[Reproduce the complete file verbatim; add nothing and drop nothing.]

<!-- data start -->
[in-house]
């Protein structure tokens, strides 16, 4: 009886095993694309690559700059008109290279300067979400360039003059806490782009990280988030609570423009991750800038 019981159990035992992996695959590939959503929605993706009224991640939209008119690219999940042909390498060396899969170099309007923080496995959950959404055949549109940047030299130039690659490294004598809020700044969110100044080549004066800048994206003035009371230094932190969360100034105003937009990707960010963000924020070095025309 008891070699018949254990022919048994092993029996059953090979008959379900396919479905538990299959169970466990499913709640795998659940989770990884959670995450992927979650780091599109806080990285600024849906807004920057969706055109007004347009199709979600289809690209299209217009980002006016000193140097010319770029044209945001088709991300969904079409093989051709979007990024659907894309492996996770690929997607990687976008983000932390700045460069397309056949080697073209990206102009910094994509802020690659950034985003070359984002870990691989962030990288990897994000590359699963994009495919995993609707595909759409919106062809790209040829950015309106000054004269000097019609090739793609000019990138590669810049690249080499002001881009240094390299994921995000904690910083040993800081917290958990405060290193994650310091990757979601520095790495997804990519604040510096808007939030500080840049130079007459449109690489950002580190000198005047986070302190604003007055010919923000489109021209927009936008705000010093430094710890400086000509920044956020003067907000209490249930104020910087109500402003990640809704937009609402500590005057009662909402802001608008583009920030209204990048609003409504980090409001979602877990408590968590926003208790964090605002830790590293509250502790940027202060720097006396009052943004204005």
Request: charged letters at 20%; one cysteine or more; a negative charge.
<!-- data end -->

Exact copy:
[in-house]
């Protein structure tokens, strides 16, 4: 009886095993694309690559700059008109290279300067979400360039003059806490782009990280988030609570423009991750800038 019981159990035992992996695959590939959503929605993706009224991640939209008119690219999940042909390498060396899969170099309007923080496995959950959404055949549109940047030299130039690659490294004598809020700044969110100044080549004066800048994206003035009371230094932190969360100034105003937009990707960010963000924020070095025309 008891070699018949254990022919048994092993029996059953090979008959379900396919479905538990299959169970466990499913709640795998659940989770990884959670995450992927979650780091599109806080990285600024849906807004920057969706055109007004347009199709979600289809690209299209217009980002006016000193140097010319770029044209945001088709991300969904079409093989051709979007990024659907894309492996996770690929997607990687976008983000932390700045460069397309056949080697073209990206102009910094994509802020690659950034985003070359984002870990691989962030990288990897994000590359699963994009495919995993609707595909759409919106062809790209040829950015309106000054004269000097019609090739793609000019990138590669810049690249080499002001881009240094390299994921995000904690910083040993800081917290958990405060290193994650310091990757979601520095790495997804990519604040510096808007939030500080840049130079007459449109690489950002580190000198005047986070302190604003007055010919923000489109021209927009936008705000010093430094710890400086000509920044956020003067907000209490249930104020910087109500402003990640809704937009609402500590005057009662909402802001608008583009920030209204990048609003409504980090409001979602877990408590968590926003208790964090605002830790590293509250502790940027202060720097006396009052943004204005």
Request: charged letters at 20%; one cysteine or more; a negative charge.